The Age of Bighair-ius

I don’t know what’s going on in the universe, but an awful lot of my friends are posting horrific high school era pictures on Facebook these days. And tagging me in them.

Make it stop.

First there was the picture from 8th grade graduation. I was old for my age, and we didn’t do the cap and gown thing at my school, so I was wearing a pastel, floral dress with a gathered waist and pouffy short sleeves. It was tea-length. I had a perm (which was required of me from 2nd grade – yes, 2nd grade, thanks Mom – until I was in college). In addition to the perm, there were the curled and feathered bangs.

Hideous.

I showed the picture to a co-worker. She laughed hysterically.

Yet, somehow, some of my classmates looked worse. There was this one guy I went to school with, Joe. Poor Joe, at the age of 14, couldn’t say his Rs. He wore heavy-framed squarish glasses in a particularly unattractive shade of brown. He was wearing a sportcoat at our 8th grade graduation. He looked like a 45-year-old nerd at the age of 14. Sad.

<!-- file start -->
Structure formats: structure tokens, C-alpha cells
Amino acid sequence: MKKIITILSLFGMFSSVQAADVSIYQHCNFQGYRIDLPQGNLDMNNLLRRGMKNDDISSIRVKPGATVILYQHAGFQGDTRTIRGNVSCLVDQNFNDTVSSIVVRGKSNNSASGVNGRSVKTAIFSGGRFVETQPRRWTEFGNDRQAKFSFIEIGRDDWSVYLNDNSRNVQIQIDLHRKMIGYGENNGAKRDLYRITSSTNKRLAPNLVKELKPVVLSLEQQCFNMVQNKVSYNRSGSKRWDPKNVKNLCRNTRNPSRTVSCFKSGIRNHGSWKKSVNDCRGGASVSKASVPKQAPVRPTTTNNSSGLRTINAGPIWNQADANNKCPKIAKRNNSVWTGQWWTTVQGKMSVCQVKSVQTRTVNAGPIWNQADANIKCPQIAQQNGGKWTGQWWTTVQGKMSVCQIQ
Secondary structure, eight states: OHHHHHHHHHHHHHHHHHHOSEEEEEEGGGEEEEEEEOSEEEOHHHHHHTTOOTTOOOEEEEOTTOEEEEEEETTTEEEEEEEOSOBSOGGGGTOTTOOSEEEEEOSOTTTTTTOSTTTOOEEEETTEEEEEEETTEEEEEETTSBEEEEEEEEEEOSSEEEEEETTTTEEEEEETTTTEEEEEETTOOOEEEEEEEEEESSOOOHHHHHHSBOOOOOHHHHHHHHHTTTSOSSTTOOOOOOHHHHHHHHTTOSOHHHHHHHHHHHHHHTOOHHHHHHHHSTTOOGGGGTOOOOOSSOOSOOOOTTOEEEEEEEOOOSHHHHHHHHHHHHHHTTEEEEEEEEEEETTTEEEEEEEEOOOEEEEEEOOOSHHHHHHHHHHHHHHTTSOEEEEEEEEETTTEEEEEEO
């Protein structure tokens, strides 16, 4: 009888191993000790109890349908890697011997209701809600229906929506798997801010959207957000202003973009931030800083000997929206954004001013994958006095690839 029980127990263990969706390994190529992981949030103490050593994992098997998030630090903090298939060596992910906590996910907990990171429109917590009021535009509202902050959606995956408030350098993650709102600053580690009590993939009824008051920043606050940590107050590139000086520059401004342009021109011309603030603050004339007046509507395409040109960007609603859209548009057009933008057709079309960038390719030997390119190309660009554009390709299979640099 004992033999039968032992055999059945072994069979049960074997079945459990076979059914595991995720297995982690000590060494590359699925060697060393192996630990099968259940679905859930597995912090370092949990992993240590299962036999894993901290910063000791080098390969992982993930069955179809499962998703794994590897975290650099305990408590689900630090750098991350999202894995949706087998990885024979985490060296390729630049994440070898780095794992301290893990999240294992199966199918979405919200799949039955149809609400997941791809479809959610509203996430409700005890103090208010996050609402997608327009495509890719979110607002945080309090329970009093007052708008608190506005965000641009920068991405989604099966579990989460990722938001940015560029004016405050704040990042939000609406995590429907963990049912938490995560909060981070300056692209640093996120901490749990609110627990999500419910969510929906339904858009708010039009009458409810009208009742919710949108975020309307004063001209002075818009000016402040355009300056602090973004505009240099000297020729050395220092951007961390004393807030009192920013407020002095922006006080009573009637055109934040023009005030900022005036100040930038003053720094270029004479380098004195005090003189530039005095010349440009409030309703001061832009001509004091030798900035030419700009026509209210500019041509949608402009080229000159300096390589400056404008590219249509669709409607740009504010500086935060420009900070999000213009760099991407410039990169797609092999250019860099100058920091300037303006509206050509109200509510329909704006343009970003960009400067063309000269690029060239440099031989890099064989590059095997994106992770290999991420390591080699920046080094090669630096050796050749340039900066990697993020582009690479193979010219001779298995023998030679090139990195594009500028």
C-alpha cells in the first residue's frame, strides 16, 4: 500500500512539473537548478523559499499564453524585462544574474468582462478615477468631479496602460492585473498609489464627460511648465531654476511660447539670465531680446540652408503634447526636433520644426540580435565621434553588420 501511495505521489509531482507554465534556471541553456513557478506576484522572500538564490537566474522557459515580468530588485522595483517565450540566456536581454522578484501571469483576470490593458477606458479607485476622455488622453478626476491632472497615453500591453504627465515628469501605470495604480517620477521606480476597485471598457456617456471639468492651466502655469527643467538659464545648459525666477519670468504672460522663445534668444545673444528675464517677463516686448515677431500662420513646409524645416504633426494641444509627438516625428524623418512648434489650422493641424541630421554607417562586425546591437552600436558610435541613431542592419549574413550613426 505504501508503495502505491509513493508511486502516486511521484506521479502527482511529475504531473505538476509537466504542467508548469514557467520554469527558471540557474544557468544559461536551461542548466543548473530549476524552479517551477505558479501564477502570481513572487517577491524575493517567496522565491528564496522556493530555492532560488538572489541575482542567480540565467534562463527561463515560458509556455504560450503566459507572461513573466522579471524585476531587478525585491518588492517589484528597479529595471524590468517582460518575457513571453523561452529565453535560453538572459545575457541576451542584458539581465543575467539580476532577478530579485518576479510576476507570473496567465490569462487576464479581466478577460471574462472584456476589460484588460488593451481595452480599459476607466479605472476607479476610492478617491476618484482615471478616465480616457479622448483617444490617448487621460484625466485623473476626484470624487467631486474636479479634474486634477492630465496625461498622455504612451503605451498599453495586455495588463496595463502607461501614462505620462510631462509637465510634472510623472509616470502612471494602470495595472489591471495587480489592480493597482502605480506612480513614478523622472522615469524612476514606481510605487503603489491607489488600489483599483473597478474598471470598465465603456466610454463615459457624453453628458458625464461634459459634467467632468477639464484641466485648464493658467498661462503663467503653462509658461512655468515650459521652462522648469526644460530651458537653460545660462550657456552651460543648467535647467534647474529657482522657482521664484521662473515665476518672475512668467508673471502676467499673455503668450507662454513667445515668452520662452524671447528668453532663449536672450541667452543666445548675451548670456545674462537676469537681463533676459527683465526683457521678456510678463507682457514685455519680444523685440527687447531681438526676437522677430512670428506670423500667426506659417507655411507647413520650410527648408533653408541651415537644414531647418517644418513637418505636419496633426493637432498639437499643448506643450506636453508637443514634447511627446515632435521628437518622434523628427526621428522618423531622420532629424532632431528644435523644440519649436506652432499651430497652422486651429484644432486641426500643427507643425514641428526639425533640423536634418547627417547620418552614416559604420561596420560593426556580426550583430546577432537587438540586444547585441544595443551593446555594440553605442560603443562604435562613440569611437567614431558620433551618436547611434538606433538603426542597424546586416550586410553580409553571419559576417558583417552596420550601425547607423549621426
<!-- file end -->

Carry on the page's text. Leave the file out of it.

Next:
He’s my Facebook friend now, married with two children, and I often wonder if he ever learned to say his Rs, but I can’t, like, ask. (I have searched for videos of him, in case I could hear him speaking. Nada.)

The 8th grade graduation photo sparked a flurry of old-schoolmate comments. Fortunately, we were all equally mortified. Except probably for that brat Emily, who was always pretty and looks just sweet and unblemished as can be in that picture. I hope she’s fat and big-nosed now.

Not really.

Oh, who am I kidding? Yes, really.

Then someone posted a picture from what I think was my junior year of high school. It’s my school choir. It was an all-girl choir. You can imagine the hair. There have got to be 40 girls in this picture, all white, all wearing that horrible choir dress, and all with big, curly, mall-bang hair. It’s a wonder we all fit in the picture with our ‘dos.

I showed that picture to the same co-worker and challenged her to find me in it. She couldn’t. When I pointed myself out, she denied that it could possibly be me.